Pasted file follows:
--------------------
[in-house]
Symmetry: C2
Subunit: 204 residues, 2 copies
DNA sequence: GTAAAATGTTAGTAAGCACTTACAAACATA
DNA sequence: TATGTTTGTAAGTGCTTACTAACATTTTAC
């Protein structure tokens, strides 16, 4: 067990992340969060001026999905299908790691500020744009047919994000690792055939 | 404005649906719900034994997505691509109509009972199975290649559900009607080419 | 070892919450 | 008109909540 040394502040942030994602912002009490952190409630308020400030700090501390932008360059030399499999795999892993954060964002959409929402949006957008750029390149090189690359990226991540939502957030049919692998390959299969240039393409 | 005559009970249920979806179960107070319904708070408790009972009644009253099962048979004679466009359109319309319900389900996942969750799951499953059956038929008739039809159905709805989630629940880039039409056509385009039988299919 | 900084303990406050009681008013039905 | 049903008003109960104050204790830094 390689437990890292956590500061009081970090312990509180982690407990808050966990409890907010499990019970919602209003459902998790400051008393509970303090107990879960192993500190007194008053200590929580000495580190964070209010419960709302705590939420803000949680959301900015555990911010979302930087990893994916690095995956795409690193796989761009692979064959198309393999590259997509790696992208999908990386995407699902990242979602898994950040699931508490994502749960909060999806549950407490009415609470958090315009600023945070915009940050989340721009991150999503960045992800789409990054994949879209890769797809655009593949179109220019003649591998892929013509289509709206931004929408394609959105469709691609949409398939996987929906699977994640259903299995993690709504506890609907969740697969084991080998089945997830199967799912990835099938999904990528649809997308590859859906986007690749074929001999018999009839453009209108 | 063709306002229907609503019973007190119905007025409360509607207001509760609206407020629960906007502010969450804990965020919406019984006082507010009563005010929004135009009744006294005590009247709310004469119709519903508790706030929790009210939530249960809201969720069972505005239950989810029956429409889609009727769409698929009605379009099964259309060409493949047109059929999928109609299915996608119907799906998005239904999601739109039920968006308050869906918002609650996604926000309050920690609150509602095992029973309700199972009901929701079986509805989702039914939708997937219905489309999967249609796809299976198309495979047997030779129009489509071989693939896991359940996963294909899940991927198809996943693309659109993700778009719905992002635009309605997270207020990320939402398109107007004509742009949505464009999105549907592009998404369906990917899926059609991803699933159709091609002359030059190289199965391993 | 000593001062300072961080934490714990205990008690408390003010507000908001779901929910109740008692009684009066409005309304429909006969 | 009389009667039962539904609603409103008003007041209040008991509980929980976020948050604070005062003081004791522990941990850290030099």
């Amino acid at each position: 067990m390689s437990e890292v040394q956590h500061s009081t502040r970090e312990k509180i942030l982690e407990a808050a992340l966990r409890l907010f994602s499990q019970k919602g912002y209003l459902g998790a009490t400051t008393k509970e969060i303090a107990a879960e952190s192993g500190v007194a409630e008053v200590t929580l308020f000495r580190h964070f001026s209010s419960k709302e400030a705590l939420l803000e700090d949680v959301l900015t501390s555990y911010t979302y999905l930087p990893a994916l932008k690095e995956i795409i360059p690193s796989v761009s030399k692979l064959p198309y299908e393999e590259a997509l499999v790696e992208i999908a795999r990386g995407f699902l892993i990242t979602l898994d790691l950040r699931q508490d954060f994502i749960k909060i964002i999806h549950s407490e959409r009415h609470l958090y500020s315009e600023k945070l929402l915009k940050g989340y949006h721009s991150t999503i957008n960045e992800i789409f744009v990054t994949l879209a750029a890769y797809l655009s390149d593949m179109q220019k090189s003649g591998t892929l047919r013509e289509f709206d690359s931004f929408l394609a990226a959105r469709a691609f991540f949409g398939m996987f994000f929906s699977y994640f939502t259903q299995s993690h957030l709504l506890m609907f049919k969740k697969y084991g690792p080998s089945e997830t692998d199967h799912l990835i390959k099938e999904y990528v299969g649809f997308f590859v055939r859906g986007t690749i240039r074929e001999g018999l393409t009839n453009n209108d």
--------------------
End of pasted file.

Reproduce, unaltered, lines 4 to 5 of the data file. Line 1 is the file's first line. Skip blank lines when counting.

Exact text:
DNA sequence: GTAAAATGTTAGTAAGCACTTACAAACATA
DNA sequence: TATGTTTGTAAGTGCTTACTAACATTTTAC